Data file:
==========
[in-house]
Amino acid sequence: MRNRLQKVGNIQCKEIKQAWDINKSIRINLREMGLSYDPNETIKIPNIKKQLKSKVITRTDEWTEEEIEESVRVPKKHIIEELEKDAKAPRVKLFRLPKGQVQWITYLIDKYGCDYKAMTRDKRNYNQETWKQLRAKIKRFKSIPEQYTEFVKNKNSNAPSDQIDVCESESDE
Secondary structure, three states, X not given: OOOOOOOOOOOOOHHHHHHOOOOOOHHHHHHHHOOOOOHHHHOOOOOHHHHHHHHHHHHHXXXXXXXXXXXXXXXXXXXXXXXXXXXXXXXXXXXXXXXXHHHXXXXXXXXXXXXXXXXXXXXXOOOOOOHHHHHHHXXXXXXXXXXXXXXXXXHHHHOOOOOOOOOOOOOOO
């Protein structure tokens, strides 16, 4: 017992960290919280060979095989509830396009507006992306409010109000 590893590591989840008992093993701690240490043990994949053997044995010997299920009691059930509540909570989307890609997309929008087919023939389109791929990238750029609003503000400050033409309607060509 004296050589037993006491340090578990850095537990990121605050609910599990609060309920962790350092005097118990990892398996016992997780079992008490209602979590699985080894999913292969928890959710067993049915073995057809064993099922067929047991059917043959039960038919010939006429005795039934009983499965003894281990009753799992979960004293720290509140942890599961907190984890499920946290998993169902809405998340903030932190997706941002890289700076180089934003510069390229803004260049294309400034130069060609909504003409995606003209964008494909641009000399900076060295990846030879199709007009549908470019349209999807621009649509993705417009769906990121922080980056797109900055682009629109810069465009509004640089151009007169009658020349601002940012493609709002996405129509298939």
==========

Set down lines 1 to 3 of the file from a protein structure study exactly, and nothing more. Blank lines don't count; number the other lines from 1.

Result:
[in-house]
Amino acid sequence: MRNRLQKVGNIQCKEIKQAWDINKSIRINLREMGLSYDPNETIKIPNIKKQLKSKVITRTDEWTEEEIEESVRVPKKHIIEELEKDAKAPRVKLFRLPKGQVQWITYLIDKYGCDYKAMTRDKRNYNQETWKQLRAKIKRFKSIPEQYTEFVKNKNSNAPSDQIDVCESESDE
Secondary structure, three states, X not given: OOOOOOOOOOOOOHHHHHHOOOOOOHHHHHHHHOOOOOHHHHOOOOOHHHHHHHHHHHHHXXXXXXXXXXXXXXXXXXXXXXXXXXXXXXXXXXXXXXXXHHHXXXXXXXXXXXXXXXXXXXXXOOOOOOHHHHHHHXXXXXXXXXXXXXXXXXHHHHOOOOOOOOOOOOOOO